Instead of pressing play and watching passively, students need to engage with the video content by recording the time between bale drops. And the students need to determine if there are other data they can utilize such as weather conditions, or the time for a tractor to negotiate a corner. The timings collected from several videos are combined in the assignment in order to make calculations and propose ways to increase efficiency.

The technique of providing a video from which data can be collected by students has great potential for science labs, animal or human behavioral studies, and for many other disciplines.



The harvesting operations videos show the activity with no narration, so no captioning was done. Audio cues could be added to accommodate the visually impaired.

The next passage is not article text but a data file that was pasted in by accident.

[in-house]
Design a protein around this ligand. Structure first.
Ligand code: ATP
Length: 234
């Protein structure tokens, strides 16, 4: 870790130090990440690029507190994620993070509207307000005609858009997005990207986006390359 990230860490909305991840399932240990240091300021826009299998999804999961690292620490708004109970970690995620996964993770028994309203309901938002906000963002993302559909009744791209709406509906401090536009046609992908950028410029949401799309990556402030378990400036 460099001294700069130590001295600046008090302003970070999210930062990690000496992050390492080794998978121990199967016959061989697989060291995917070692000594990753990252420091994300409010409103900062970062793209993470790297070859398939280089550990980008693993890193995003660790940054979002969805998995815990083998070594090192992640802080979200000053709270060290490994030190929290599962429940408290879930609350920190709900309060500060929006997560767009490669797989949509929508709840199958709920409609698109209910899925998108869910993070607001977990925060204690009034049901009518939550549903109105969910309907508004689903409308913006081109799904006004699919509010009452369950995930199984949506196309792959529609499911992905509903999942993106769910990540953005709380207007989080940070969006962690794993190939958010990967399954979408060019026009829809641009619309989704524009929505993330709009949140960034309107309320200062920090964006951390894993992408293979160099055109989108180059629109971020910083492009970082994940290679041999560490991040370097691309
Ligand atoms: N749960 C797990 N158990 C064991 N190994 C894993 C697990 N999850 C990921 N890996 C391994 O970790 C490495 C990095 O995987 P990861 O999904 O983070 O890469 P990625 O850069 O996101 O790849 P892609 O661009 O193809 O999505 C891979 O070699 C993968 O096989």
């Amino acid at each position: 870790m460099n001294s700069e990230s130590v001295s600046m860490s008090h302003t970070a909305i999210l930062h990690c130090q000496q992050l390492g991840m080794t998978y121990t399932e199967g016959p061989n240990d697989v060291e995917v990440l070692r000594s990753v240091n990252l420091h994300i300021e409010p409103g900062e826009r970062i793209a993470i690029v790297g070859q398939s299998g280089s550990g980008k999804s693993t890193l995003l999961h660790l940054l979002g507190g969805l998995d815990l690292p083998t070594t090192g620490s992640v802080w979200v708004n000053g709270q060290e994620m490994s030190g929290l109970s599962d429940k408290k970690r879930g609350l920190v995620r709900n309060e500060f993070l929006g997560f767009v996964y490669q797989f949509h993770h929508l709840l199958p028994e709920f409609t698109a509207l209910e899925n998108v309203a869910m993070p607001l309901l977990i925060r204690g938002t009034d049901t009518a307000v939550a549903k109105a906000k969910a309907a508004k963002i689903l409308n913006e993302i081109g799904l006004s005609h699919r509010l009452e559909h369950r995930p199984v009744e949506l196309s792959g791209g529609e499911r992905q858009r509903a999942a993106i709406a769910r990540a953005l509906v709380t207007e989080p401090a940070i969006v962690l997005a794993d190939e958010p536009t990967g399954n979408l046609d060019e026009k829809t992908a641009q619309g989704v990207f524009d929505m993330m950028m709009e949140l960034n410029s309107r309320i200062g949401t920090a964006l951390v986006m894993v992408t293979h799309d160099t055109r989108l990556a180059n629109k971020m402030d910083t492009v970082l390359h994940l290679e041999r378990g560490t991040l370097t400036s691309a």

• Videos can be uploaded directly to Canvas using the Kaltura integration or uploaded to YouTube or Kaltura and then placed in Canvas with an embed code or URL.
  • Interactive videos can be used in online and residential classes.


This video has no audio so no captions have been included.
Credit: Adapted from Oilfield Training Center. “Drilling Training – Run Drill Pipe Through Rotary Table.” YouTube. May 18, 2016.

Many instructors supplement their online course materials with instructor-created or third-party YouTube videos. While these videos can enhance the learning experience, they often leave students in a passive role. Current learning theory suggests that we can motivate more effective learning when learners play an active role rather than a passive role. Kaltura (Penn State’s tool for storing, publishing, and streaming media) can be used to insert quiz questions into videos to build interactivity, and in turn, help shift students from passive observers to active learners.